One of the most notable features that make the 18-35mm such an exciting lens for the APS-C camera owners is its constant f1.8 aperture. Yes, you’ve read it right, someone finally made a zoom lens with such an impressive maximum aperture and it’s your neighborhood friend Sigma. This lens is an almost perfect replacement for your regular 18-55mm kit lens at the only expense of offering a little less zoom range. But let’s be honest, if you’ve decided to buy a premium lens like this and you really need that 50mm focal length you’ve probably already invested in a nice prime lens anyway. So what’s the benefit to having such a large aperture? The two obvious ones are improved low light performance and more creativity with getting a more out of focus background in your shots. That means that you get two options in low light with this lens: shooting at f1.8 to get faster shutter speeds at higher ISOs to capture motion more easily or getting better picture quality in general by being able to drop down the ISO lower than with the traditional lenses with smaller maximum apertures. Now let’s talk bokeh! While it’s not that as easy to achieve dramatic blurred backgrounds with a wide angle lens like it is with 50mm or 85mm lens it’s still very possible at f1.8. If you know what you’re doing you can get some very unique shots with this lens, meaning you can get a lot of your image in the frame but still being able to emphasize your subject by blurring out everything behind it.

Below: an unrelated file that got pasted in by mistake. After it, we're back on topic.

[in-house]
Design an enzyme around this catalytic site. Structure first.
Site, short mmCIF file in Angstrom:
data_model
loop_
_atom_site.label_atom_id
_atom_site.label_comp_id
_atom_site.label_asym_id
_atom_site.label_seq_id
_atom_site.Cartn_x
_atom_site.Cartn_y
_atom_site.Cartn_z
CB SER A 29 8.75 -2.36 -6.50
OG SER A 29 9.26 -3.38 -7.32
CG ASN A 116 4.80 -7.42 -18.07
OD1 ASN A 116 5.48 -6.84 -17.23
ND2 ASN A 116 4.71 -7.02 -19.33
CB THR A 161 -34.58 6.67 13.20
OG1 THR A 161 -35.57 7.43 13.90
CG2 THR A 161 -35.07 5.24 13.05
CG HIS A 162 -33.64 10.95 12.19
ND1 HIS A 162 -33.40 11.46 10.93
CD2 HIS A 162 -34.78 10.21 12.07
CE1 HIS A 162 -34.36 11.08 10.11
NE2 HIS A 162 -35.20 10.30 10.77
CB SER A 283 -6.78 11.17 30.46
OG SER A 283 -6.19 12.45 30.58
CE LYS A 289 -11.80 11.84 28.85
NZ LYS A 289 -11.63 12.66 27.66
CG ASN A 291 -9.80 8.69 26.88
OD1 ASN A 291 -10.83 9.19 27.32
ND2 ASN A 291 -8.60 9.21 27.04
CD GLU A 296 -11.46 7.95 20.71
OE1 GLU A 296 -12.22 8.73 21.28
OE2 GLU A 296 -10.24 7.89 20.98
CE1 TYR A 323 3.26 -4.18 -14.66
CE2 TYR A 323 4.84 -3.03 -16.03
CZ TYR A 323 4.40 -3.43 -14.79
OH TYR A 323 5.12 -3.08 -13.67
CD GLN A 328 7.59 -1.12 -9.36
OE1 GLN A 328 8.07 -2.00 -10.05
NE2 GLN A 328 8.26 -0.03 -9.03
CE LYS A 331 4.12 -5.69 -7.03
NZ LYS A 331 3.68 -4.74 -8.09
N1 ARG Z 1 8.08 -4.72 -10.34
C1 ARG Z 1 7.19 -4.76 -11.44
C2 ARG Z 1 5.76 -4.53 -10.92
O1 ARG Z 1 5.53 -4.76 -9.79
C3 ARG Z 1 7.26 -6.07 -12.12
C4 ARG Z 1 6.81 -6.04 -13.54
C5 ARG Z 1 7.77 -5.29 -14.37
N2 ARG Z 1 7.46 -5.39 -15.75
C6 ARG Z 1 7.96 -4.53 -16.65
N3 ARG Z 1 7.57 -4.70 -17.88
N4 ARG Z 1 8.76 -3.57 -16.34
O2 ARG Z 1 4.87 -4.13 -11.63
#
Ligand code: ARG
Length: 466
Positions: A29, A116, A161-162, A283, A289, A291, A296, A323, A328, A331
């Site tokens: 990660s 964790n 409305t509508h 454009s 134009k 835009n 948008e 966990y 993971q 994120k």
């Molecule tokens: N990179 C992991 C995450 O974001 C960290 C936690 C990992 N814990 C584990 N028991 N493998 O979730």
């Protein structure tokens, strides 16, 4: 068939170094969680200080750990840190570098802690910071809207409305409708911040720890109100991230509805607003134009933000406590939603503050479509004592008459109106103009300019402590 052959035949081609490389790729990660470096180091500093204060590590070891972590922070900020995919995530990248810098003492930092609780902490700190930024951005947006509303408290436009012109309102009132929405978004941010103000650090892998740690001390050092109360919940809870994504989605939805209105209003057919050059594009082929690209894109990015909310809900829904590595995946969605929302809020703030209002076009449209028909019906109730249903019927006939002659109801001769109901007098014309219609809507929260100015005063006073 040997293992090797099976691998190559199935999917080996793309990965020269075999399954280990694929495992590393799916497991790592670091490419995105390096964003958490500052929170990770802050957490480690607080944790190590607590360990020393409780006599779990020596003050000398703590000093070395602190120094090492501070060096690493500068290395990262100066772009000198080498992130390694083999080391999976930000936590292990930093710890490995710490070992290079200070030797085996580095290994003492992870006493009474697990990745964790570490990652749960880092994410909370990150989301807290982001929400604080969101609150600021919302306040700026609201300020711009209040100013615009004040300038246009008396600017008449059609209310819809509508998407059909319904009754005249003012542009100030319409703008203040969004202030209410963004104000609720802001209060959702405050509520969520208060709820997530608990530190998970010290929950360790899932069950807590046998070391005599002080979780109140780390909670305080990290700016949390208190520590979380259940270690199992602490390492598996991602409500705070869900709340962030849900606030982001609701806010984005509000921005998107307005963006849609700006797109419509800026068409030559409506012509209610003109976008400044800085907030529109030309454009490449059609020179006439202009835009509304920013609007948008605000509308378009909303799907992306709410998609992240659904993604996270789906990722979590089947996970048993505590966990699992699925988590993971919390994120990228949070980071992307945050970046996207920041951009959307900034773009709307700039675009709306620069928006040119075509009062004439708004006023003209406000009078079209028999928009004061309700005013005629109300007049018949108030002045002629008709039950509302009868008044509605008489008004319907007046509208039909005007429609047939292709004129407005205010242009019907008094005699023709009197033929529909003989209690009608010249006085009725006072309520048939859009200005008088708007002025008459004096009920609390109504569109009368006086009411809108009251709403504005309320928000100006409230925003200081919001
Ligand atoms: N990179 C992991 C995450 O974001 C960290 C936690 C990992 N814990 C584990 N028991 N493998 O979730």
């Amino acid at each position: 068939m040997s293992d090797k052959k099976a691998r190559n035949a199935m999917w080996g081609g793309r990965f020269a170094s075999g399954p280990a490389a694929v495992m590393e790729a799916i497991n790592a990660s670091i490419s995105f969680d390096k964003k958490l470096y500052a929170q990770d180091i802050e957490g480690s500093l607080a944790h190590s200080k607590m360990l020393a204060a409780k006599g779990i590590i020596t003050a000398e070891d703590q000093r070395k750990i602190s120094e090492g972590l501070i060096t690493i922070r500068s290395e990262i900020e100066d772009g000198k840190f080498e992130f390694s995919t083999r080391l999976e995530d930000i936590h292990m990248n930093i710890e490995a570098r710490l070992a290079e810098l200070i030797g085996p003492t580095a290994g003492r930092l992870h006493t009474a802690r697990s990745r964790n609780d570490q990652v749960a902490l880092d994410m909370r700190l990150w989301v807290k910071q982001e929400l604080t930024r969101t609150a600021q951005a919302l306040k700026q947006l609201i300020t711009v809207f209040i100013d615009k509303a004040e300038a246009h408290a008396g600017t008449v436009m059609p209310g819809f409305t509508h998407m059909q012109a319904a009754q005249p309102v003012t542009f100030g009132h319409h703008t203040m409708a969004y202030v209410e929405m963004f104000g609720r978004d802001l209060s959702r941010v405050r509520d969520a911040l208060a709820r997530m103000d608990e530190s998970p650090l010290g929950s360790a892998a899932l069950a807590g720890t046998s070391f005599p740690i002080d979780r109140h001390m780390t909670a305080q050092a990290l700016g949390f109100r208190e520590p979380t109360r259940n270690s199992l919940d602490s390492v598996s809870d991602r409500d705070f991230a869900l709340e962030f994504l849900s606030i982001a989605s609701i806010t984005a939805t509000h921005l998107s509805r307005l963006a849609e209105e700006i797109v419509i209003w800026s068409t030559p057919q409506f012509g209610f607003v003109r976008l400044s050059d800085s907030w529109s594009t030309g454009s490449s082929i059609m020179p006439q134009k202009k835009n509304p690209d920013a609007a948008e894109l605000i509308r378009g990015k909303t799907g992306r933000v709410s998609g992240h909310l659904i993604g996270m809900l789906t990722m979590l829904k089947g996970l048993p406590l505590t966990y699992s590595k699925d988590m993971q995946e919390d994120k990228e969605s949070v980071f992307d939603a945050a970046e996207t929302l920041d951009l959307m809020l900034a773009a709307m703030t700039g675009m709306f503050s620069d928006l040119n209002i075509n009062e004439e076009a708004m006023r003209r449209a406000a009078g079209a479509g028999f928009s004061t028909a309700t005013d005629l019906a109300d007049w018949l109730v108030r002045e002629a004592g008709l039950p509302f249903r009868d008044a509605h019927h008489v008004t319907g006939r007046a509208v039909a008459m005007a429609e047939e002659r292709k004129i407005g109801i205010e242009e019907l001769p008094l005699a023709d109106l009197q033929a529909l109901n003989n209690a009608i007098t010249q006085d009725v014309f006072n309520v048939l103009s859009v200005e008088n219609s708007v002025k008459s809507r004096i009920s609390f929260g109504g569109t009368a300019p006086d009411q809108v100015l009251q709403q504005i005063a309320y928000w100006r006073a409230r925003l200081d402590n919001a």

Now, just the maximum aperture alone makes this lens an impressive achievement for Sigma, but it would be hard to justify its price and existence if the image quality wasn’t up to the standard, so let’s share a few words about that. Simply put, the 18-35mm is a beast in that regard. You’ll always get sharp results with this lens no matter the focal length you are on. There’s no point in stopping down this lens to get sharper pictures from 18-24mm and you’ll also get a very slight improvement at best if you stop down to f2.8 or f4 from 25-35mm. Besides handling sharpness well, it also holds its own in other aspects like distortion and vignetting and keeps them under the control. There are some chromatic aberrations present in some forms but that’s pretty much expected from a lens that’s built to work on the APS-C sensor, let alone a zoom lens, so it can be considered as an average performance. The 18-35mm can focus as close as 26,5mm so it has some macro potential. The image quality while doing close-ups is a little soft wide open but sharpens up nicely when stopped down.